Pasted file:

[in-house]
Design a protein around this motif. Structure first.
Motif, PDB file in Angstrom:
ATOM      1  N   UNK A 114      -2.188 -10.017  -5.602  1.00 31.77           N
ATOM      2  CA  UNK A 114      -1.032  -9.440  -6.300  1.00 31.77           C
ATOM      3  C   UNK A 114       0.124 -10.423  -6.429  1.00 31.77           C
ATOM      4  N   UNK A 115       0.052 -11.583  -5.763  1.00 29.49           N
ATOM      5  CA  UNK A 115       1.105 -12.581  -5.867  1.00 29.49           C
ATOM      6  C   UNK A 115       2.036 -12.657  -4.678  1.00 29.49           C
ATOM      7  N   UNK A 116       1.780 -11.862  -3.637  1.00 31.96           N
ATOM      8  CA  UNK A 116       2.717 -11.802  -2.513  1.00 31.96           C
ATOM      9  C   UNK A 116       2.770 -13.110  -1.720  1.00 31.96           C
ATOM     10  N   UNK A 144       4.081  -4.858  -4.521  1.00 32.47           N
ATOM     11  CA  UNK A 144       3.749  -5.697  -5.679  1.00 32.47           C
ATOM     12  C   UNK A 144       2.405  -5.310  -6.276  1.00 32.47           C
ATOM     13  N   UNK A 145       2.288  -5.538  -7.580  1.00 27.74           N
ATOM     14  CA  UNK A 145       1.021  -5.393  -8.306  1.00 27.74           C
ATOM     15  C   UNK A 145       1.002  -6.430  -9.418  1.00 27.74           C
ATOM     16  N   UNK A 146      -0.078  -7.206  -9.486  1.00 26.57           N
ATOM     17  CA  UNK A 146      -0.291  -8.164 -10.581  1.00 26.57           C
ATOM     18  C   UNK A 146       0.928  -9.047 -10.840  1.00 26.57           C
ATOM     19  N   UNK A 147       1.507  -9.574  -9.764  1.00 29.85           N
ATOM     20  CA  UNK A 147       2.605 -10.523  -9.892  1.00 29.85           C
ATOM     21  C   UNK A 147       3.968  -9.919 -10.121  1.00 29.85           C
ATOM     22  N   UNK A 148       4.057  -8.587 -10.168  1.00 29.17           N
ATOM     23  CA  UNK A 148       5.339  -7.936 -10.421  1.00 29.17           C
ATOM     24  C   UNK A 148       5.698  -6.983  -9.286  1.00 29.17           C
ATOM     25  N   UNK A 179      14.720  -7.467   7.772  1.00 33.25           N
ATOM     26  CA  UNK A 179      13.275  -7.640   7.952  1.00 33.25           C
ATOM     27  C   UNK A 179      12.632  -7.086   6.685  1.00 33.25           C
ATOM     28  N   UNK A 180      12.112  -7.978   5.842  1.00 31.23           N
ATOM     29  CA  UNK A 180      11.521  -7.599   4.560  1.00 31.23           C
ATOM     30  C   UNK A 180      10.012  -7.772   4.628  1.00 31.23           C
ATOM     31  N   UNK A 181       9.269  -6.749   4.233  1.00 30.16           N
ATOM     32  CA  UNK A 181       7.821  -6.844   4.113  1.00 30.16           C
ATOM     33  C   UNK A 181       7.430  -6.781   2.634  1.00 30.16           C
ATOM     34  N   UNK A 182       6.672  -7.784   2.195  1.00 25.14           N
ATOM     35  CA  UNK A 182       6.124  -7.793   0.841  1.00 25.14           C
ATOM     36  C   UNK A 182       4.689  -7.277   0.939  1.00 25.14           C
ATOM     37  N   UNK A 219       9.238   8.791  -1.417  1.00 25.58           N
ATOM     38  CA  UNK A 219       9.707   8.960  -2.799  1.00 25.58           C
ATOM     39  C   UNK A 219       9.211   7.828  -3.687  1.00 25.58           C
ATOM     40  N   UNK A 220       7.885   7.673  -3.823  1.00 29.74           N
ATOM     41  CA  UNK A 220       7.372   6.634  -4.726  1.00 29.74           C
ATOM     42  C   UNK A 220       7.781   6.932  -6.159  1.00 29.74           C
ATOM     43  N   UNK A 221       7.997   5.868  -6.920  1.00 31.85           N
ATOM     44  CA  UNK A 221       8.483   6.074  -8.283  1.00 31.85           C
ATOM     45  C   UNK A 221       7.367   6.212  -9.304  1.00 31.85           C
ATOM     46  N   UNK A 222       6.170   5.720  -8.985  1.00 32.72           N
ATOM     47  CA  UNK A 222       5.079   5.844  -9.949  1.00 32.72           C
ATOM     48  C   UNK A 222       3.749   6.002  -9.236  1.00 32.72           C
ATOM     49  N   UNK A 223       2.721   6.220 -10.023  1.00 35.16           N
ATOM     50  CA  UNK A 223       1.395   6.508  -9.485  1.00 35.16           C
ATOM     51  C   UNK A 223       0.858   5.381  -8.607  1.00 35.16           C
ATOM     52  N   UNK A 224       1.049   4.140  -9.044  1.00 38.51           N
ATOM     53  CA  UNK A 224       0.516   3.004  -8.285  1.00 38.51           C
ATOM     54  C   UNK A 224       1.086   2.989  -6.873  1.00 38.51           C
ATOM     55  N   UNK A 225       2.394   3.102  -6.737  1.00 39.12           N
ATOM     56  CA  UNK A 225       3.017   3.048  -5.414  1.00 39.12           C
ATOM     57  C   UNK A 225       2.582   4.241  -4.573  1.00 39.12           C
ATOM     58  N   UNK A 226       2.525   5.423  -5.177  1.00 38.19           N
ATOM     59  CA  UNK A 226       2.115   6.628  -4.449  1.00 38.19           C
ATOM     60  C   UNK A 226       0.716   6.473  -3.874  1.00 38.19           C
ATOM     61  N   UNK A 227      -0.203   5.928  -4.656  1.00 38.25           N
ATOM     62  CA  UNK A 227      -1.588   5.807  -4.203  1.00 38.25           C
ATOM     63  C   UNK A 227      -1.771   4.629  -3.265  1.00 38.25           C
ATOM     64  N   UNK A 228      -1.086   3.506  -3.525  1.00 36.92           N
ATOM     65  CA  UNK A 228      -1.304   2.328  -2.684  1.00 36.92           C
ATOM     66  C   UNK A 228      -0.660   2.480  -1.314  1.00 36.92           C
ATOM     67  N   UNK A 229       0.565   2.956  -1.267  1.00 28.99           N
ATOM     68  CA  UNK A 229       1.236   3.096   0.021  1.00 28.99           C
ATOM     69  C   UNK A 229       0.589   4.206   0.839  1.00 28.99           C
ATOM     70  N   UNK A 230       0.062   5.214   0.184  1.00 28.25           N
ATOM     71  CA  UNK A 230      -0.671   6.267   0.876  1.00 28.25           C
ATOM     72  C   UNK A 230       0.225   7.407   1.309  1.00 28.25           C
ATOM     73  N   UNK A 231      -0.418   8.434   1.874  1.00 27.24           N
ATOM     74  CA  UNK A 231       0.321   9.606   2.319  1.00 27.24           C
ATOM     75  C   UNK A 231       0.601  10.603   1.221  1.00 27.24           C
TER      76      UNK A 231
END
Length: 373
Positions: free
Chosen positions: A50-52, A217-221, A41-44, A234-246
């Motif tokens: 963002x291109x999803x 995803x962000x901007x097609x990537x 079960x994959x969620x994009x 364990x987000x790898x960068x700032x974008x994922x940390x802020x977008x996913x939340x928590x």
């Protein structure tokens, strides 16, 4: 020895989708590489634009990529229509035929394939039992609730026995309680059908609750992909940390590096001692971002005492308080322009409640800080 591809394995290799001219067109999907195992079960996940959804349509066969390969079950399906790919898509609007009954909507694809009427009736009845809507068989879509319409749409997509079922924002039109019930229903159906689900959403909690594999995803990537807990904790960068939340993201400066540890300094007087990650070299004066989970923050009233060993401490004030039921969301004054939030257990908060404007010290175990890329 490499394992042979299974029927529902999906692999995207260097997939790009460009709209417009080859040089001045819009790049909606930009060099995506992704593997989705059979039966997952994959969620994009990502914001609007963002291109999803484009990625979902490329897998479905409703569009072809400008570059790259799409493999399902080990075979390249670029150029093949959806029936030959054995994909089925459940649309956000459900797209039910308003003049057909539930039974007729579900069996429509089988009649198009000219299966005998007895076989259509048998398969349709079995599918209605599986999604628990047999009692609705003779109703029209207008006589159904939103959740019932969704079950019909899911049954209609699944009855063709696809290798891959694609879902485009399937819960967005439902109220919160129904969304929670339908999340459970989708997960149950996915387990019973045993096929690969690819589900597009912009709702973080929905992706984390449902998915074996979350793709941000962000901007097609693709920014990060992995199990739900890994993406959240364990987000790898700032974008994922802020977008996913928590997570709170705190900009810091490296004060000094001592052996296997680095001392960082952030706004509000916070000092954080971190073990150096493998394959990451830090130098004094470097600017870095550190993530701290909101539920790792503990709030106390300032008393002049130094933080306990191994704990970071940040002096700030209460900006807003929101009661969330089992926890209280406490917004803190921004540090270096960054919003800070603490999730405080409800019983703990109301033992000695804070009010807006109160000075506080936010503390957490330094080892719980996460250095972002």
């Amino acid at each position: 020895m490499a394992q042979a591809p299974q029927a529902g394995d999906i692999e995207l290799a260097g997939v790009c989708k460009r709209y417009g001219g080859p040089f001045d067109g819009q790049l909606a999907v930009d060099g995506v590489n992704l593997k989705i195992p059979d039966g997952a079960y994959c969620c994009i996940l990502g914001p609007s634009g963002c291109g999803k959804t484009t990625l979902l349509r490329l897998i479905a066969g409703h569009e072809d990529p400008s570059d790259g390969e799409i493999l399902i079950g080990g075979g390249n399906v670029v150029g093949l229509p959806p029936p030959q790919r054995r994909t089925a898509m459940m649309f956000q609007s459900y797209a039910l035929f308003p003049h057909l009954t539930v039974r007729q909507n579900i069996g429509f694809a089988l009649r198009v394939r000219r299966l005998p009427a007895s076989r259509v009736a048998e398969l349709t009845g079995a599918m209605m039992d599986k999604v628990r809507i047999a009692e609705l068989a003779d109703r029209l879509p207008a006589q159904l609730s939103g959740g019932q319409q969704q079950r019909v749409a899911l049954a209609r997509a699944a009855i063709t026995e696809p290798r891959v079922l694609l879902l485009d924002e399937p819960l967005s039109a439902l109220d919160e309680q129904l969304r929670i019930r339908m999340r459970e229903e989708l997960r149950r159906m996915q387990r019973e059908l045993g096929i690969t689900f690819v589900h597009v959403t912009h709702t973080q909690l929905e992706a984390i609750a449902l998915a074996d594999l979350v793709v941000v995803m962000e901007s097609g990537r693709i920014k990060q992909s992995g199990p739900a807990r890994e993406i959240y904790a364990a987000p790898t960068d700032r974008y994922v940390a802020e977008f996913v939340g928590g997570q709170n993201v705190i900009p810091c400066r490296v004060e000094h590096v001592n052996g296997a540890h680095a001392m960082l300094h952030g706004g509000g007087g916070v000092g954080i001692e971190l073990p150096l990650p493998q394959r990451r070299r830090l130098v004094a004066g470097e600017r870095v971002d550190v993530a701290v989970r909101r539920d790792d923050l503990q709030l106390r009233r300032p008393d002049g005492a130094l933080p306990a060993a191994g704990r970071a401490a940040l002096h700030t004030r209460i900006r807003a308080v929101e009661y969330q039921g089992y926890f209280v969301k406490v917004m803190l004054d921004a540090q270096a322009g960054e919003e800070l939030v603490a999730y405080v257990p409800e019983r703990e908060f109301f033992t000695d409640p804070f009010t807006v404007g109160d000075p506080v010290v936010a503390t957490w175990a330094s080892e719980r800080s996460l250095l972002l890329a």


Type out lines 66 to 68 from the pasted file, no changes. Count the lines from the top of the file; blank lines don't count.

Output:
ATOM     63  C   UNK A 227      -1.771   4.629  -3.265  1.00 38.25           C
ATOM     64  N   UNK A 228      -1.086   3.506  -3.525  1.00 36.92           N
ATOM     65  CA  UNK A 228      -1.304   2.328  -2.684  1.00 36.92           C